Japanese Prime Minister Shinzo Abe holds a welcome ceremony for visiting Chinese Premier Li Keqiang before their talks in Tokyo, Japan, on May 9, 2018.
Photo source: Twitter


At a time when world leaders are championing unilateralism and populism, Xi has strongly advocated for greater market access and new measures to expand reform. During his keynote speech at the Boao Forum (also known as Asia’s Davos) on April 10, Xi unveiled his vision for the global economy including lowering tariffs on goods such as automobiles as well as improving the investment environment for foreign investors. Though talks of trade wars between the US and China could potentially be destabilizing, we are hopeful that the impact would be limited.


We would be remiss not to mention North Korea. When we visited this topic in last year’s newsletter “How Worried Should We Be About North Korea?” tensions were high as China showed its displeasure with THAAD (Terminal High Altitude Area Defense) by banning Chinese travel agencies from selling tour packages to South Korea. At the time many were concerned with the economic fallout Korea would face as a result of the travel ban. Credit Suisse predicted in March 2017 that if the travel ban were left in place, this would have a severely detrimental effect on the Korean economy, shaving 20% off Korea’s GDP growth that year2.


We reported in our newsletter that while short-term volatility was anticipated, over the long-term we expected tensions and markets to normalize. We are now seeing the return of big spending Chinese tourists to South Korea. According to Aju Business Daily, major department stores in South Korea saw a sharp spike in revenue from Chinese shoppers during the recent May Day holiday. Hyundai Department Store in particular saw the total amount of Chinese tourists increase by over 80% from the same one- week period last year, while its Trading Centre branch in Seoul saw a huge increase of 174%.3 Although major Chinese tour groups have not yet resumed selling tour packages to Korea, individual tourists are returning en masse and we are confident that sentiment for tour groups will soon follow.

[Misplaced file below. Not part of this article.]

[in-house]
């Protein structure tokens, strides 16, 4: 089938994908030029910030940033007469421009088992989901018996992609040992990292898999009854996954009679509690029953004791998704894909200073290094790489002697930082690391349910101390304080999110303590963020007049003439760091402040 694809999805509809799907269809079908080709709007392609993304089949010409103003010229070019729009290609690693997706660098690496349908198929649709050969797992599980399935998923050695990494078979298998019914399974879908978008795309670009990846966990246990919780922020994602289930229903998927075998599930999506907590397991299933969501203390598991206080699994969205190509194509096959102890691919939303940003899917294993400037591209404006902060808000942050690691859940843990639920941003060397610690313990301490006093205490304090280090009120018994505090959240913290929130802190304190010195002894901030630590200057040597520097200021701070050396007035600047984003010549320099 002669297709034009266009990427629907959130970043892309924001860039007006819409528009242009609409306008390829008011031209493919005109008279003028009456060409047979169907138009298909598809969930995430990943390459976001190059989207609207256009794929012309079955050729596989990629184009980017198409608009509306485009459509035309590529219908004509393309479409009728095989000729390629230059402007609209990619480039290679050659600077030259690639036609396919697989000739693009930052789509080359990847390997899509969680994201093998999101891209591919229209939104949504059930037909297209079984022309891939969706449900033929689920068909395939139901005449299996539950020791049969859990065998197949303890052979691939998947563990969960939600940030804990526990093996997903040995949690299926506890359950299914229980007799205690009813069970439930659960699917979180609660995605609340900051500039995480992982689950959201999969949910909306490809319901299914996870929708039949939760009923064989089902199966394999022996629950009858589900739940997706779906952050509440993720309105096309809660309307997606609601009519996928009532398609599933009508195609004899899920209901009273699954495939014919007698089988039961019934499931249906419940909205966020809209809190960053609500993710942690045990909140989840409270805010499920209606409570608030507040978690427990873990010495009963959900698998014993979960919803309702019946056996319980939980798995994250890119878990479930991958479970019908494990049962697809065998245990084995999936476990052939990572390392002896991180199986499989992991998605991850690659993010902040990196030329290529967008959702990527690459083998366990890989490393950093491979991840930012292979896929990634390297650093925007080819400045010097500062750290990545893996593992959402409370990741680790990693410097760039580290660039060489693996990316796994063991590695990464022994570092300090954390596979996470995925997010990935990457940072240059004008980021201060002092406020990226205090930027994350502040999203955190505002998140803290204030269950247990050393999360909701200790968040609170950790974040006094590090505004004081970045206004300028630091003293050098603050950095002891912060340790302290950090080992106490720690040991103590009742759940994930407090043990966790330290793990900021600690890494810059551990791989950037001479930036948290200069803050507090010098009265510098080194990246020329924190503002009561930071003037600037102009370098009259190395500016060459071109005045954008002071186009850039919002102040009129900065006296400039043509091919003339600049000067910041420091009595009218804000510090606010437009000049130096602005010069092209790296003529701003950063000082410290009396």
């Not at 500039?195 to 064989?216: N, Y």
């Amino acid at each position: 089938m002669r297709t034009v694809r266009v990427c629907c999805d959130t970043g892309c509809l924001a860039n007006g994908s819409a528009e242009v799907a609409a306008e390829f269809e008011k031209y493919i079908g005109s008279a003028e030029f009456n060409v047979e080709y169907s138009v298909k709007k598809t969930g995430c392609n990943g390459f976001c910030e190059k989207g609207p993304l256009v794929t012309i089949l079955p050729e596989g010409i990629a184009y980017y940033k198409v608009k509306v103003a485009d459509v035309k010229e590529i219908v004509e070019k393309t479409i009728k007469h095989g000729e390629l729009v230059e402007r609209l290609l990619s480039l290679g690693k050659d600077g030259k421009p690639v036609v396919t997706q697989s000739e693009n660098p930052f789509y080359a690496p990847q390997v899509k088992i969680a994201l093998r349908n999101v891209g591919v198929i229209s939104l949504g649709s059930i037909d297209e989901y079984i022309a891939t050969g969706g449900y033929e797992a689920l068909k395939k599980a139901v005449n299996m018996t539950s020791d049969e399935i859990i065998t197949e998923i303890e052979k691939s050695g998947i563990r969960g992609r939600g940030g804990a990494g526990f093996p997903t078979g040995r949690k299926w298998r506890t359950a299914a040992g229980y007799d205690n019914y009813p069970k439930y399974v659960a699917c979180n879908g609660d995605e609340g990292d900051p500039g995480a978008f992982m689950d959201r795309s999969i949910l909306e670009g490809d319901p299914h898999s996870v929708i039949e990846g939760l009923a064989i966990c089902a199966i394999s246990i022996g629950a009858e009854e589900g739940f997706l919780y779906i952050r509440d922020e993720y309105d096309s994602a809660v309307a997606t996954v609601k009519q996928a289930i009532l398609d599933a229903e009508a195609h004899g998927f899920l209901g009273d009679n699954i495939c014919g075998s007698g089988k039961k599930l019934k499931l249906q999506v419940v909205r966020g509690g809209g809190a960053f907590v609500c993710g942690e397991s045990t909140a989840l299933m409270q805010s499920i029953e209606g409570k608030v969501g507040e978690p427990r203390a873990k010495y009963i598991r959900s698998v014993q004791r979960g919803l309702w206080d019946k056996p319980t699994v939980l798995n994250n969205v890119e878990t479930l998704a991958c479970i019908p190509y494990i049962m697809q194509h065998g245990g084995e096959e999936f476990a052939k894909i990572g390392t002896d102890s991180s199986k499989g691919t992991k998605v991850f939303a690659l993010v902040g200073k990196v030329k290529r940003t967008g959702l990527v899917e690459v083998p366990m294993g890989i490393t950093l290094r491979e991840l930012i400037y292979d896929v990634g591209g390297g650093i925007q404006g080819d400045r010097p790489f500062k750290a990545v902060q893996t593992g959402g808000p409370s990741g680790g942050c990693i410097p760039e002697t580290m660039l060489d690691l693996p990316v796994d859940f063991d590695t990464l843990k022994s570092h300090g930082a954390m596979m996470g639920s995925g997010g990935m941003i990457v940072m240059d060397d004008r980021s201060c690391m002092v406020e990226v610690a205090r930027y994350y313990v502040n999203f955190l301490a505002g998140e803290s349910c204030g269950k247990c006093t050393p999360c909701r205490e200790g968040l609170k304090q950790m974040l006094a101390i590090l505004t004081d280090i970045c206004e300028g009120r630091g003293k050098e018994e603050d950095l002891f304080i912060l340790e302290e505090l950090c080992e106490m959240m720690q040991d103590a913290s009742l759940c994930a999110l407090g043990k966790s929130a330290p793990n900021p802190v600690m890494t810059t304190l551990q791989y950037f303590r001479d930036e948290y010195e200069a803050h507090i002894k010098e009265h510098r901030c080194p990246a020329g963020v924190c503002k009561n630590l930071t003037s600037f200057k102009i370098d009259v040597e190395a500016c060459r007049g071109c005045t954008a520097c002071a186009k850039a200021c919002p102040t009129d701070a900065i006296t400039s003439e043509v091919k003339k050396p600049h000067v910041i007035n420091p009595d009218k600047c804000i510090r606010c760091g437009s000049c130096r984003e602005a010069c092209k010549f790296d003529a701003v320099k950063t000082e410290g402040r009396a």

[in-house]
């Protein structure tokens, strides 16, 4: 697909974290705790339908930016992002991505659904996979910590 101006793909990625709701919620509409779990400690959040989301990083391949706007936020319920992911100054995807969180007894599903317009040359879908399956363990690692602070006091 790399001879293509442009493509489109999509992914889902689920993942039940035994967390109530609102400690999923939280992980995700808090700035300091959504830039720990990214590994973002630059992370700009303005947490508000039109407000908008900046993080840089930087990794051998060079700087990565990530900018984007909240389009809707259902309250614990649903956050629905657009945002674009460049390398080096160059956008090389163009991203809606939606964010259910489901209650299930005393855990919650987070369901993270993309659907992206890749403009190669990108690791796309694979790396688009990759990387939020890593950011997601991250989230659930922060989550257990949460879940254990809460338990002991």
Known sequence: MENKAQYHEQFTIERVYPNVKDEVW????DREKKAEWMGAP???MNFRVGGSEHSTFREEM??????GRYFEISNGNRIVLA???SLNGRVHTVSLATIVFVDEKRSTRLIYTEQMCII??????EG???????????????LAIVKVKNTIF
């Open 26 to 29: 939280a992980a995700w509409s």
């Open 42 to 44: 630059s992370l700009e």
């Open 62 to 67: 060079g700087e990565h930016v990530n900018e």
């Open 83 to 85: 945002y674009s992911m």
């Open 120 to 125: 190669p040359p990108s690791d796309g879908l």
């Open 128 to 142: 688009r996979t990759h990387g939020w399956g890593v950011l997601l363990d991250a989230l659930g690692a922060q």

Photo source: Reuters


Of course the big news is the proposed Trump-Kim summit scheduled to be held in our backyard. Although Kim Jong Un has threatened to call off the high-level talks several times over joint military exercises between the US and South Korea, this is not an unexpected move as it follows the same patterns we have come to expect each time military exercises occur. Our South Korean fund managers share our sentiments. They are feeling confident about the relationship between North and South Korea. In their view, they believe Kim Jong Un sees normalizing relationships with South Korea as his best shot of preserving his authority and his family’s safety in North Korea. All in all, North Asia geopolitical prospects show more promise today compared to the last decade.



1 2018 Edelman Trust Barometer Global Report. The Trust Index is an average of a market’s trust in the institutions of government, business, media and NGOs. General population, 28 -market global total.
2 Korea: China’s travel ban may impact GDP growth by 0.5pp” Credit Suisse, 6 March 2017.
3 Big-spending Chinese tourists start returning to South Korea,” South China Morning Post, 10 May 2018.


This publication has been prepared solely for informational purposes. This publication should not be viewed as a current or past recommendation or a solicitation of an off er to buy or sell any securities or to adopt any investment strategy. The views expressed in this publication reflect the current views of Axiom Asia as of the date hereof and are subject to change. The information contained herein is only as current as of the date indicated, and may be superseded by subsequent market events or for other reasons. Charts and graphs provided herein are for illustrative purposes only.